“Reservations are excellent,” said manager Kelly Scott, who also oversees 24 cabins and 20 tent sites. “If you didn’t watch TV or read a newspaper or magazine, you wouldn’t know about how bad the U.S. economy is doing right now. We have been very pleasantly surprised. It’s going to be very, very busy here.”

Located in southwest Colorado’s “Four State Region,” the park has 17 sites fronting the Animas River that already have been reserved for July and August. Some of the park’s renovated sites are positioned at an angle from the street to facilitate trailers backing in, Scott said.

With Durango doing as well as it has — and with the upgrades at the park scheduled to be finished next year – plans call for the park eventually to open year-round.

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In Lisbon, Ohio, Karen Anesi and her husband, Frank, owners of the heavily wooded Lock 30 Woodlands RV Resort Campground, are in the midst of a major upgrade focusing on the history of the area.  “We are in the Western Reserve Historical District and we’ve found over the last couple of years that people that come to us are coming to learn about the history of the area,” said Karen Anesi.

With 66 sites on 68 acres, Lock 30 Woodlands features a mile of frontage on Beaver Creek. Several red barns from the late 1800s have been restored which are used as the gatehouse and registration area, camp store and clubhouse. Colonial-style cupolas are also being installed on two of the barns while eight campsites have been redesigned so they have their own backyards.

“I don’t want to jinx myself, but things are shaping up pretty well for the season,” Anesi said. “We are seeing a lot of people who are new to camping coming to our park for their first time.

“And we are getting a substantial number of tent campers,” he added. “We walk them through the park and we spend a lot of time with the newcomers because they might not know about the ins and outs of camping. We have changed our customer service components so that we do a lot of things that make them very comfortable with us on their first stay because we want them to come back.”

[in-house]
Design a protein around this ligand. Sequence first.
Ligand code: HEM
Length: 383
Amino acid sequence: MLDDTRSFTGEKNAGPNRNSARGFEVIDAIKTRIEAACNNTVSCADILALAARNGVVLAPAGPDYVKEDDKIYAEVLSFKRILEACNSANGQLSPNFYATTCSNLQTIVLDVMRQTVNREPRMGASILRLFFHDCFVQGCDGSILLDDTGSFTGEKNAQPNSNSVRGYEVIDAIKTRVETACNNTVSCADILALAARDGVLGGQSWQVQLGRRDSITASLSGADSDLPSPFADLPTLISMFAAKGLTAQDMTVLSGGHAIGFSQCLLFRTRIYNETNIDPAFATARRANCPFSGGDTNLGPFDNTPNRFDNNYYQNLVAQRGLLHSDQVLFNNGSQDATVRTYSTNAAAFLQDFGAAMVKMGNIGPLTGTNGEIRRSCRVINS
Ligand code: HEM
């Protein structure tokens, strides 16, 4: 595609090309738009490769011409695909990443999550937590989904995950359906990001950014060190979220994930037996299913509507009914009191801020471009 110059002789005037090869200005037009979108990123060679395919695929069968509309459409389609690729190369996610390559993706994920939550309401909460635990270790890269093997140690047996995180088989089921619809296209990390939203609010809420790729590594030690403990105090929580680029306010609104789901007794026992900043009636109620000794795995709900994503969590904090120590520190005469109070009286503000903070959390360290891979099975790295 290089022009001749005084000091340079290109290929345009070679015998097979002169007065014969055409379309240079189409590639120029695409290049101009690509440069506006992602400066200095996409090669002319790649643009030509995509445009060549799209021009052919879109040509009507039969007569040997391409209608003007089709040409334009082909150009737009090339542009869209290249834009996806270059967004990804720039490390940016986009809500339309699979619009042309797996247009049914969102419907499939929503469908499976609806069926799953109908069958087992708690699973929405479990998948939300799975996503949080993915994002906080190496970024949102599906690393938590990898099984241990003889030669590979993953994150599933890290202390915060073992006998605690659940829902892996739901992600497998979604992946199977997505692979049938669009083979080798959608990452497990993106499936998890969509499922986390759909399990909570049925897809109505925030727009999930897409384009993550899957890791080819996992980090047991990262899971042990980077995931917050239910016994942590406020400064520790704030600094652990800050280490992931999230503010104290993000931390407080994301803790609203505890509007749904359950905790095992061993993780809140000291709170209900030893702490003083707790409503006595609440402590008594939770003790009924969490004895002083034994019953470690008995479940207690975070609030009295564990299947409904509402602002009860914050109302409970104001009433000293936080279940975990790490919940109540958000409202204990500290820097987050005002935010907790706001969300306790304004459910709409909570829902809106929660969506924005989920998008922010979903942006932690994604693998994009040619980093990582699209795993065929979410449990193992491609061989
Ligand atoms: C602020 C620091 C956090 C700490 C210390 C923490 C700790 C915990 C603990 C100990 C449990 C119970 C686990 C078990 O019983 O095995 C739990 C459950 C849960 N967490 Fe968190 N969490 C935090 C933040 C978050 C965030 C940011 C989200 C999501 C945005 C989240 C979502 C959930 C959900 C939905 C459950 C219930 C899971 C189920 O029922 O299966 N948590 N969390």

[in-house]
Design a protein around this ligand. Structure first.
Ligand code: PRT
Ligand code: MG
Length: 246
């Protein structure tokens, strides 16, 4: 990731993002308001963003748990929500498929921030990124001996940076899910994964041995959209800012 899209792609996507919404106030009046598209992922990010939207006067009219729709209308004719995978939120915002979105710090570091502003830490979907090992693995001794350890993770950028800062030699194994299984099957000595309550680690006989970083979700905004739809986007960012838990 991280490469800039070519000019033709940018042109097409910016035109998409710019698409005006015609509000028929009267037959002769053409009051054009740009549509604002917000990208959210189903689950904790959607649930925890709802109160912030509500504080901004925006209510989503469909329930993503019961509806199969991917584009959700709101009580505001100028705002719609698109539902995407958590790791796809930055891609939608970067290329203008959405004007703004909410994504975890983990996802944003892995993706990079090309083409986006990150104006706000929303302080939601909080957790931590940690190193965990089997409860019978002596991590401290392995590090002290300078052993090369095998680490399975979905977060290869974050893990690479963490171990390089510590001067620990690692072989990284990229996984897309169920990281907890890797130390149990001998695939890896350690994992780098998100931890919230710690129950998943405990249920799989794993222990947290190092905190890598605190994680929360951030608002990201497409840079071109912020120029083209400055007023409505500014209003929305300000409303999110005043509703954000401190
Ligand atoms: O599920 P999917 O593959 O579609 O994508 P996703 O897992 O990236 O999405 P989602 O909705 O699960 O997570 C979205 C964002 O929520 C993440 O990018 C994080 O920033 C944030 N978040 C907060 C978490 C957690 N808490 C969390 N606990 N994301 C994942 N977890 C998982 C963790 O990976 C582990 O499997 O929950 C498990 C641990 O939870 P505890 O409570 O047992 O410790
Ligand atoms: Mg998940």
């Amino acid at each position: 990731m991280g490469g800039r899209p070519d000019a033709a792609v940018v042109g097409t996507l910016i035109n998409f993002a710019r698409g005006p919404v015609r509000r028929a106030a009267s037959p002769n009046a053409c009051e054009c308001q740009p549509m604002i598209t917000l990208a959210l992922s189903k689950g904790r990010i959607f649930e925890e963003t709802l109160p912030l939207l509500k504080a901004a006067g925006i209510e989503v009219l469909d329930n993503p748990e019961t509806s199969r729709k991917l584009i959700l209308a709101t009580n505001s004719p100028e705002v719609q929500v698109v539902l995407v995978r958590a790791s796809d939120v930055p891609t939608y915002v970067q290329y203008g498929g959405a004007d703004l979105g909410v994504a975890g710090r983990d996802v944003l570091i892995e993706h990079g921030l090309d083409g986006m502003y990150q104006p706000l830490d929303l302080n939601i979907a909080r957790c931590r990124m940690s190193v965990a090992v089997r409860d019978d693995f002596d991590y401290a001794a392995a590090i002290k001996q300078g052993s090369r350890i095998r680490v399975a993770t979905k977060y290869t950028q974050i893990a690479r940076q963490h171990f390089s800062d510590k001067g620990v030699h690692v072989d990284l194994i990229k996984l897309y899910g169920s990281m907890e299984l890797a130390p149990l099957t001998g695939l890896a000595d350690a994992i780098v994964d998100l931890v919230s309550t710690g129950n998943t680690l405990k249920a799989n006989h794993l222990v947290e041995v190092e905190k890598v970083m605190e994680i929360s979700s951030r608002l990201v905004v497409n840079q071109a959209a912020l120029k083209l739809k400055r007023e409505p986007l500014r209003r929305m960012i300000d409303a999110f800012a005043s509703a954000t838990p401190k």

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Although open all year, a month before Beaver Lake Campground’s unofficial summer-season Memorial Day kickoff in Custer, S.D., 16 inches of snow fell on the park that is heavily wooded with ponderosa pines. “I had a half-a-dozen campers in here and they were thrilled,” said Beaver Lake owner Max Hammer, who also is president of the South Dakota Campground Owners Association. “The trees were filled with snow. It was very beautiful.”

Located in South Dakota’s Black Hills, Hammer’s park had two full-time employees working all winter installing a new water line and gutting and rehabbing the park store in the 81-site campground that also has eight cabins, three teepees and 11 tent sites.

Last year, Hammer added a solar-heating system for the Beaver Lake’s pool and installed high-efficiency lighting throughout the park with low-voltage lighting along pathways. “Through April and May and September and October, we get Snowbird traffic and hunters,” he said. “But business in April and May is really weather-related. Right now, we are on par with last year, which was up 5% over 2007.

“We get a lot of return from local traffic.”

 Bob Ashley is an Indianapolis-based freelance writer/editor and a 25-year newspaper veteran who freelances regularly in the recreation field.